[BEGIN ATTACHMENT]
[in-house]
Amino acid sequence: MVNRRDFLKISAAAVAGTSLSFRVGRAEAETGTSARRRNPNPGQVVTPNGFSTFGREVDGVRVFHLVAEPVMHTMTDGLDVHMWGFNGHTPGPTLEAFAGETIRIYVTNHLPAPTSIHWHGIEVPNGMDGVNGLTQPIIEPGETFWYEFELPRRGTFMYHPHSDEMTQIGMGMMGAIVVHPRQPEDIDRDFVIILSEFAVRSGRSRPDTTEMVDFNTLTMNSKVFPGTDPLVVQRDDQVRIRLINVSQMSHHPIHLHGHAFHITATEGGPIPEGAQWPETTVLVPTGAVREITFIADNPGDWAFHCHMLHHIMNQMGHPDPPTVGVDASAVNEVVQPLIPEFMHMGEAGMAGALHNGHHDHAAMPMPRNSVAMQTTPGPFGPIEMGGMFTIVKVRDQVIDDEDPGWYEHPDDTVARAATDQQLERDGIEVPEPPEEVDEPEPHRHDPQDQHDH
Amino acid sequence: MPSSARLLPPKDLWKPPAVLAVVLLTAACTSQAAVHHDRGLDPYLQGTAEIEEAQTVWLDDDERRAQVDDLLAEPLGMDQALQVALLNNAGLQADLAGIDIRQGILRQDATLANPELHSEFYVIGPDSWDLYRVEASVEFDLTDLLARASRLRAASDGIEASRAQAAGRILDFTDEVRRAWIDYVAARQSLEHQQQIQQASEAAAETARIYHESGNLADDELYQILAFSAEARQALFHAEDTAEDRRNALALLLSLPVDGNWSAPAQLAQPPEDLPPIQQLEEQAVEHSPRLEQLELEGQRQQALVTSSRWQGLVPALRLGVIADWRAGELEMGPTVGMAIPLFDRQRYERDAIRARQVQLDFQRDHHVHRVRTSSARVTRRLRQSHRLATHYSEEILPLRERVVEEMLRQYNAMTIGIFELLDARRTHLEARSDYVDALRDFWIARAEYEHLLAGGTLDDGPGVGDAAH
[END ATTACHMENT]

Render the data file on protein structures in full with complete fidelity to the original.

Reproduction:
[in-house]
Amino acid sequence: MVNRRDFLKISAAAVAGTSLSFRVGRAEAETGTSARRRNPNPGQVVTPNGFSTFGREVDGVRVFHLVAEPVMHTMTDGLDVHMWGFNGHTPGPTLEAFAGETIRIYVTNHLPAPTSIHWHGIEVPNGMDGVNGLTQPIIEPGETFWYEFELPRRGTFMYHPHSDEMTQIGMGMMGAIVVHPRQPEDIDRDFVIILSEFAVRSGRSRPDTTEMVDFNTLTMNSKVFPGTDPLVVQRDDQVRIRLINVSQMSHHPIHLHGHAFHITATEGGPIPEGAQWPETTVLVPTGAVREITFIADNPGDWAFHCHMLHHIMNQMGHPDPPTVGVDASAVNEVVQPLIPEFMHMGEAGMAGALHNGHHDHAAMPMPRNSVAMQTTPGPFGPIEMGGMFTIVKVRDQVIDDEDPGWYEHPDDTVARAATDQQLERDGIEVPEPPEEVDEPEPHRHDPQDQHDH
Amino acid sequence: MPSSARLLPPKDLWKPPAVLAVVLLTAACTSQAAVHHDRGLDPYLQGTAEIEEAQTVWLDDDERRAQVDDLLAEPLGMDQALQVALLNNAGLQADLAGIDIRQGILRQDATLANPELHSEFYVIGPDSWDLYRVEASVEFDLTDLLARASRLRAASDGIEASRAQAAGRILDFTDEVRRAWIDYVAARQSLEHQQQIQQASEAAAETARIYHESGNLADDELYQILAFSAEARQALFHAEDTAEDRRNALALLLSLPVDGNWSAPAQLAQPPEDLPPIQQLEEQAVEHSPRLEQLELEGQRQQALVTSSRWQGLVPALRLGVIADWRAGELEMGPTVGMAIPLFDRQRYERDAIRARQVQLDFQRDHHVHRVRTSSARVTRRLRQSHRLATHYSEEILPLRERVVEEMLRQYNAMTIGIFELLDARRTHLEARSDYVDALRDFWIARAEYEHLLAGGTLDDGPGVGDAAH